Blues riffs - 13 Epic Riffs/Licks That Are Must Learns
Blues riffs: 13 epic riffs/licks that are musts to learn
A guitar riff is a sequence or cluster of chords or notes that are incorporated in a song and it can either be heard once or repeated several times.
It is often the most notable part of a song hence why musicians love incorporating it, with this a bonus as they are easy to learn and very catchy. Usually, the purpose of riffs is to either be a decorative element or be the song’s basis, and some of the famous guitarists who have produced some outstanding riffs include Alex Lifeson, Dave Grohl and Jimi Hendrix.
Therefore, if you are looking to perfect your guitar playing skills, here are 13 blue riffs that you need to learn. Consequently, you will be on your way to becoming a recognizable guitar player among your peers and listeners alike.
- The Rollover
Unlike other blue riffs, this relatively difficult to learn as it incorporates a Third Finger rollover that is semi-tricky to learn when playing the 7th fret notes found on strings D and G.
While practising this riff, you should hold back any temptation to repeat the same action using your first finger on the subsequent two notes.
This is because a rollover does not lead you to an ideal spot for the necessary small bend. Furthermore, replant as well as make use of your first finger’s tip to make the bend.
- The Flat 5 Stevie
This is also another essential tip that you should look to learn, with riff 6 going direct to the core of Em7. Nevertheless, it can also work above the E7 if you handle it properly.
Additionally, the cool element of this riff is that it tags twice in two octaves the Blue Note/Flatted 5th for an extra addition of grease. Lastly, this position was often used by Stevie Ray, as evidenced in his song “Pride and Joy.”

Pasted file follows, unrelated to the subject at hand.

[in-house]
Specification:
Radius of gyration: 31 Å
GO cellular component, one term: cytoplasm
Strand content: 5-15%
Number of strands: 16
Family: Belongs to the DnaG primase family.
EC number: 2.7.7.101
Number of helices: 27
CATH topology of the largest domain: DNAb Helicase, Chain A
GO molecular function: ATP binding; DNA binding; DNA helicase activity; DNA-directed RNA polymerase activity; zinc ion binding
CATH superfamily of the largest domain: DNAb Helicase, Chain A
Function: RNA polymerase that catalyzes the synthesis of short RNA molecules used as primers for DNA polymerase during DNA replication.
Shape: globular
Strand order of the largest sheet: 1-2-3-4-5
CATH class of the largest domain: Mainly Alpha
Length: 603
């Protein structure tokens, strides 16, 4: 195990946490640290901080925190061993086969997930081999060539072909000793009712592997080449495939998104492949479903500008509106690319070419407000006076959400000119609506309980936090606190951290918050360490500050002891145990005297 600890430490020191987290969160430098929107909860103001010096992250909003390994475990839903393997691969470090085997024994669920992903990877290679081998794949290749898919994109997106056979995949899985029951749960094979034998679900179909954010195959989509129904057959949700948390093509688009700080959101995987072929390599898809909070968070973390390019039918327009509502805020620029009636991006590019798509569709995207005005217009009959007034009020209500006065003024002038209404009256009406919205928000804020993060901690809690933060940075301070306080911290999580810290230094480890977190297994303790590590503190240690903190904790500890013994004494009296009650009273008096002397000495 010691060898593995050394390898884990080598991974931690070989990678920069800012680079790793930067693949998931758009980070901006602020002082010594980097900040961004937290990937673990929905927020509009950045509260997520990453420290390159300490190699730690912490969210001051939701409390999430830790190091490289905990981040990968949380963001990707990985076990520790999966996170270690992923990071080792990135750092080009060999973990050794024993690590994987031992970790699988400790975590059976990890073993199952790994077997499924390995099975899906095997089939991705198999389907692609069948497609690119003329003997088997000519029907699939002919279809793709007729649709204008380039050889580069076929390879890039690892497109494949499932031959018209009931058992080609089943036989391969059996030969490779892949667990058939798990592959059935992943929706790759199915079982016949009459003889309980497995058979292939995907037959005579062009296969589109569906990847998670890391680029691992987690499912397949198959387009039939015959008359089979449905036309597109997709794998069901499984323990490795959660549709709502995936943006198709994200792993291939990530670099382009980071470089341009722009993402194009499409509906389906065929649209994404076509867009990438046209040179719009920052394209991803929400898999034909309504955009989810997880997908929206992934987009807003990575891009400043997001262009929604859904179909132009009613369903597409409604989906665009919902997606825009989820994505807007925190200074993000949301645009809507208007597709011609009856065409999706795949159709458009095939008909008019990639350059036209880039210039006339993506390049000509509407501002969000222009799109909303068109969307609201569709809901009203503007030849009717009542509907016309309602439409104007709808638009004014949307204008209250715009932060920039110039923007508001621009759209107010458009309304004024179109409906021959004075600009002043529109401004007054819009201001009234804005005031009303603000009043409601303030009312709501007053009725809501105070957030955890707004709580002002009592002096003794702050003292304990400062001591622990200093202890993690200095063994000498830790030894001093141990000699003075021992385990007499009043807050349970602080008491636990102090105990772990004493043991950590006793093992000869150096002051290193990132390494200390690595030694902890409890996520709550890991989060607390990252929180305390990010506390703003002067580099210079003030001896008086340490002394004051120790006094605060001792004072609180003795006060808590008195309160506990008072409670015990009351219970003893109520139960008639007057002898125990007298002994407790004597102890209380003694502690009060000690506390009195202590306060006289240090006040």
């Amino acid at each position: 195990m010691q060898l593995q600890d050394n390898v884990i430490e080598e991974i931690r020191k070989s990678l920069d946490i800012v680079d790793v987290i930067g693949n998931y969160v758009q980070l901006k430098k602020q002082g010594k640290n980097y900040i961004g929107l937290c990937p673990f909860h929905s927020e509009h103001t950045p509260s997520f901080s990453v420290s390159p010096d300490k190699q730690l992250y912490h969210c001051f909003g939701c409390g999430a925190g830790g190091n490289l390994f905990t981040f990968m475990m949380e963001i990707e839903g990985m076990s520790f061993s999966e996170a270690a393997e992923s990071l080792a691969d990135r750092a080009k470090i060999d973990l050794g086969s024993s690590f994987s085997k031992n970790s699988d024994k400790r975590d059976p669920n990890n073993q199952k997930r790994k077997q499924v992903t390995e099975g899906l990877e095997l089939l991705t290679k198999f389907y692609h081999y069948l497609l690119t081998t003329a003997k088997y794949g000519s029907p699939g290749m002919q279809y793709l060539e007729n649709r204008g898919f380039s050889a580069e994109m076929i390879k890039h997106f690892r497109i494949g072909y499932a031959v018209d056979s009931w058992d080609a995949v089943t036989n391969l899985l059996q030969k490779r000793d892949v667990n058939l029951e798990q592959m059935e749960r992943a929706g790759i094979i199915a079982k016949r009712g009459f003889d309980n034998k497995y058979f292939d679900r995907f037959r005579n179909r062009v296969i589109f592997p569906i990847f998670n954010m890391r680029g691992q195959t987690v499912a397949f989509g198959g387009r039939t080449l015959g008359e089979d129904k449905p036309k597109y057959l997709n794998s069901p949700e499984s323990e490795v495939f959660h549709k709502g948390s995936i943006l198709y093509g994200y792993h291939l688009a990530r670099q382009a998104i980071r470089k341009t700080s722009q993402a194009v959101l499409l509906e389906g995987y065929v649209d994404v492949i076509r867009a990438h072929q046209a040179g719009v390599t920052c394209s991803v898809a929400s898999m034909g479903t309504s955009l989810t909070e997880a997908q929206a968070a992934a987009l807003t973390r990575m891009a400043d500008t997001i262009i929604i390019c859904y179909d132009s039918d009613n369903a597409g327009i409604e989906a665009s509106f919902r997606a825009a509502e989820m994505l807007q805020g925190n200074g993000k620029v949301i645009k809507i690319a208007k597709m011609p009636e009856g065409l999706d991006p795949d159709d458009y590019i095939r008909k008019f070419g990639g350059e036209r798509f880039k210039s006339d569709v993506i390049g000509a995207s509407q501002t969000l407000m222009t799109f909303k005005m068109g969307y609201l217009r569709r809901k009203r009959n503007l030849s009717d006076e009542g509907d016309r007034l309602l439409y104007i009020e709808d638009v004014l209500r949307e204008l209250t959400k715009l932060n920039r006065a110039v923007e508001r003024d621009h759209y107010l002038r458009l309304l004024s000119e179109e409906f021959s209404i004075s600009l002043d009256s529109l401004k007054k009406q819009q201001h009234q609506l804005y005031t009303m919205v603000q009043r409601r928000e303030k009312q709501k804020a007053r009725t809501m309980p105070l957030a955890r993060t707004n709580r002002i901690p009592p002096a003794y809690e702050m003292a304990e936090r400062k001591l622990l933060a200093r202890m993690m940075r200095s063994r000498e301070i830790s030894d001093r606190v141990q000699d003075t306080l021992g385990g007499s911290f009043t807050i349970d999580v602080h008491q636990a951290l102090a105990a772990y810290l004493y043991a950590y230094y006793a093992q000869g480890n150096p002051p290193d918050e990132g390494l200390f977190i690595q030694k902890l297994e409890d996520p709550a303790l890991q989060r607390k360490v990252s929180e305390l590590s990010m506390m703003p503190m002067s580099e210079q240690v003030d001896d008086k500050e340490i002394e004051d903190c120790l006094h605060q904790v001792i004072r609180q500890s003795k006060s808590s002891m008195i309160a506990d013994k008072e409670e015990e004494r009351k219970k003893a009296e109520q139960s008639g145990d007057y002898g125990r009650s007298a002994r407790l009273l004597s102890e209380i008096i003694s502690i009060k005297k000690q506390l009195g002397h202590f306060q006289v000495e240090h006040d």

- The Big Bend
To play this riff, you need to go back to the Minor Pentatonic Scale, with the most challenging part being the two-fret bend present on the G string which opens the lick.
For you to successfully pull off this riff while in tune, you need to include the whole step or two-fret bend. However, this requires lots of dedication and practice since a poor bending skill is among the fastest ways of producing a horrible sound with your guitar.
A simple tip to perfect playing this riff is to start practising to play the 9th fret note that is found on G because this is your target tone. Subsequently, switch back to the 7th fret and aim to match the fretted pitch to the one that is already bent.
- The Minor Miracle
To practice this riff, you need to head over to the Am7 with a lick found on the A Minor Scale fingering where the Pentatonic shape is derived. It works either in Latin or Minor Blues situations and is more reminiscent of Carlos Santana’s style rather than SRV.
Furthermore, it features plenty of notes inside it with this perfect as it provides you with the opportunity to include more variations to invent. When playing this blues riff, you need to do so extensively as this guarantees it carries added weight compared to if you are simply shredding through it.
- The Hammered Third
This is one of the crucial blue riffs which you need to learn, and it entails you heading over to the old Minor Pentatonic pattern. On top of that, it also incorporates the hammer-on note on the G string’s 6th fret, and this results in a unique A7 sound.
When playing this riff, you technically are hitting from the C Natural (Minor Third) towards the C# (Major Third) with this a vital blues guitar technique. This is because integrated into the majority of the blues are both Thirds similar to this one, with this a signature of this particular style.
Nevertheless, you should confirm that you are using it over A7 instead of A Minor to avoid experiencing any struggles with your hands.
- The Albert King Bend
Whereas it is found in key A, it is up by one octave from its related cousin the Riff 3 and has a similar box shape albeit being up two frets and spread over two strings. It also features a subtle Albert King quality that perfectly rhythms with anything.
Despite this blur riff being straightforward to play, you need to play it with a sheer passion for it to come off remarkably.